GENETICS ASSISGNMENT (GENOGRAM)

Genetics assignment (genogram) In the nursing and the overall medical field, genograms (popularly called Lapidus Schematic) are utterly important in assessing and tracking the medical history of an individual. It helps in ascertaining patterns that have recurred overtime. Apparently, what is happening in a client’s life can appropriately be understood through an examination of their family history. Remarkably, discretion should be upheld in the preparation and presentation of genograms since the information therein might be deleterious and embarrassing to some family members. To avoid adversaries, sharing of genomic information is restricted (Skirton et al., 2005). Below is a three-generation genogram showing age, death, marriage, illness, abuses, and divorce status of the family.
Key
M-marriage
//-divorce
X-death
Circles for females, squares for males.
Genes, made of DNA bases, are the blueprint of inheritance (Skirton et al., 2005). Each individual has thousands of genes, with each individual inheriting a replica of the gene from their parents. The organization of genes is along string-like edifices called chromosomes and each individual receives 2-sets of 23 chromosomes one from their father and one from their mother (Tranin &amp. Jenkins, 2003). Apparently, John has inherited the alcoholic habit from his father and Lois has inherited asthma from her father who had it as a recessive trait that developed from Lois’ paternal grandmother. A comprehensive DNA screening can be done to ascertain the exact level of alcoholism in John and maneuver on techniques of circumventing further alcoholism in the family (Jenkins &amp. Lea, 2005).
Additionally, John, Lois, and Rick can be subjected to patient education program where John will be taught on how to avoid alcohol, Lois on how to handle her asthmatic condition, and Rick on how to avoid becoming alcoholic or ascertain whether he is likely to be alcoholic in the future. John and Lois should learn on how to manage their situations rather than blaming their families for their medical conditions. However, it is ostensible that if the second generation (father in particular) had been subjected into programs that would enable them to effectively handle his conditions, the risks of asthma and alcoholism would have significantly been reduced in the third generation.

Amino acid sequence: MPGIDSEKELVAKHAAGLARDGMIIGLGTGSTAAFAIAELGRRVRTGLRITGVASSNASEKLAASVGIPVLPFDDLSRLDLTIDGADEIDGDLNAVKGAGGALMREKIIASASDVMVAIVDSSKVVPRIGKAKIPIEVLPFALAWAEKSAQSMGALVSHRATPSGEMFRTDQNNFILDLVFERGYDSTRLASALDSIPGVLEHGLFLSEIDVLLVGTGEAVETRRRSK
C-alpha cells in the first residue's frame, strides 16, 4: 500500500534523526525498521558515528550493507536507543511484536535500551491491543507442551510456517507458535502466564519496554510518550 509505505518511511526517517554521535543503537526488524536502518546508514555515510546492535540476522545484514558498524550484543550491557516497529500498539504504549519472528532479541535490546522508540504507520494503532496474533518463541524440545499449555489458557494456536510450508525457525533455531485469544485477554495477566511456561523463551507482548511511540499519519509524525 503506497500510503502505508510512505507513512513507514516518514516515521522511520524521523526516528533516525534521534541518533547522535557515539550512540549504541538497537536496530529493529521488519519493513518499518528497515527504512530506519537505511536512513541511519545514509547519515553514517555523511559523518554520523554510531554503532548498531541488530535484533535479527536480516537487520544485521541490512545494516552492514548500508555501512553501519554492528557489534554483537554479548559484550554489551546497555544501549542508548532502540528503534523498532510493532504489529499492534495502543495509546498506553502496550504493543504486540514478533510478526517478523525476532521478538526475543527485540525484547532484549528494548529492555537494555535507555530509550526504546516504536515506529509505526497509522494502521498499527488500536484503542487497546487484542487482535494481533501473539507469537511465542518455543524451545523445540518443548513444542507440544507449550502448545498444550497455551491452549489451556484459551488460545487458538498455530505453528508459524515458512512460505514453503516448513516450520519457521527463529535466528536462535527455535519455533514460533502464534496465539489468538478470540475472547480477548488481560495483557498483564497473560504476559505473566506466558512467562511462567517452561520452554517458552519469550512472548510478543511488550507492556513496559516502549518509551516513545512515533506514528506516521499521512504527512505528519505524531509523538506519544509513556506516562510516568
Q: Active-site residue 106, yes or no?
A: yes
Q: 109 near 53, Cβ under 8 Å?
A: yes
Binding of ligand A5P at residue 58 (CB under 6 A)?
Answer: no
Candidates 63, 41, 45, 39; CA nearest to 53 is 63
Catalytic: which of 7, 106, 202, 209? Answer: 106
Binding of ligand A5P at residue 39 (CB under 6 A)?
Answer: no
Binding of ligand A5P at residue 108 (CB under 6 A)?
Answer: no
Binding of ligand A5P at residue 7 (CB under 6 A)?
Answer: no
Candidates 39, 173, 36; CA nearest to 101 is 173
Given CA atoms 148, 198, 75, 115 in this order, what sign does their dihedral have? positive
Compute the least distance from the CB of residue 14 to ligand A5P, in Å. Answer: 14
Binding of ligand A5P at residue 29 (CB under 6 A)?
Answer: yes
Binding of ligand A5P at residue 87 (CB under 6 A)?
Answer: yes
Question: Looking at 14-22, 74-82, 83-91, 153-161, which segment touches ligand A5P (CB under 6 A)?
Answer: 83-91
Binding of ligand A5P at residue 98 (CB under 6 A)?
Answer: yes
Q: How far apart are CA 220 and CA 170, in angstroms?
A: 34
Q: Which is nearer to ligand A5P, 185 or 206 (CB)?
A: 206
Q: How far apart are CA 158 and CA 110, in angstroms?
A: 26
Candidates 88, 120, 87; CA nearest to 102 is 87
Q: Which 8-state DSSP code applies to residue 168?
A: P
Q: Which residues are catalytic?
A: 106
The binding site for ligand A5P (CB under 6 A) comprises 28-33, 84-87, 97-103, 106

Additionally, genetic testing for innate genetic variants should be performed to determine genetic risks for the third generations (Rick, Lois and John) progeny, diagnose the symptoms in John and Lois, and shed light on the appropriate treatment for John and Lois’s condition. Gene products, DNA, or chromosomes should be analyzed through phenotypic testing and the incandescent in situ hybridization and Karyotype examination that detects disparity in number or form of chromosomes (Jenkins &amp. Lea, 2005). Moreover, mass spectrometry should be used in analysis of all alive family members to enable physicians devise an appropriate treatment plan (Tranin &amp. Jenkins, 2003). Use of DNA chip technology will further aid in the analysis and enable the obtainment of finer details regarding the genetics and medical conditions of the family.
Clinical and analytical validity tests should also be performed on the third generation to ascertain the kind of mutation that has occurred in the family and possibly environment conditions that led to the development of the specific medical conditions (Jenkins &amp. Lea, 2005). Ostensibly, nursing practice is progressively integrating genomics and genetics into the healthcare industry to enhance screening, analysis, and handling of individuals with health conditions that are genomic-based. This will eventually improve the quality of care and promote healthy living.
References
Jenkins, J. &amp. Lea, D.H. (2005). Nursing care in the genomic era: A case-based approach. Sudbury, Ma: Jones &amp. Bartlett Publishers.
Skirton, H., Patch, C. &amp. Williams, J. (2005). Applied genetics in healthcare: A handbook for specialist practitioners. New York: Taylor &amp. Francis Group.
Tranin, A. &amp. Jenkins, J. (2003). Genetics in oncology practice. Pittsburgh, PA: Oncology Nursing Society.

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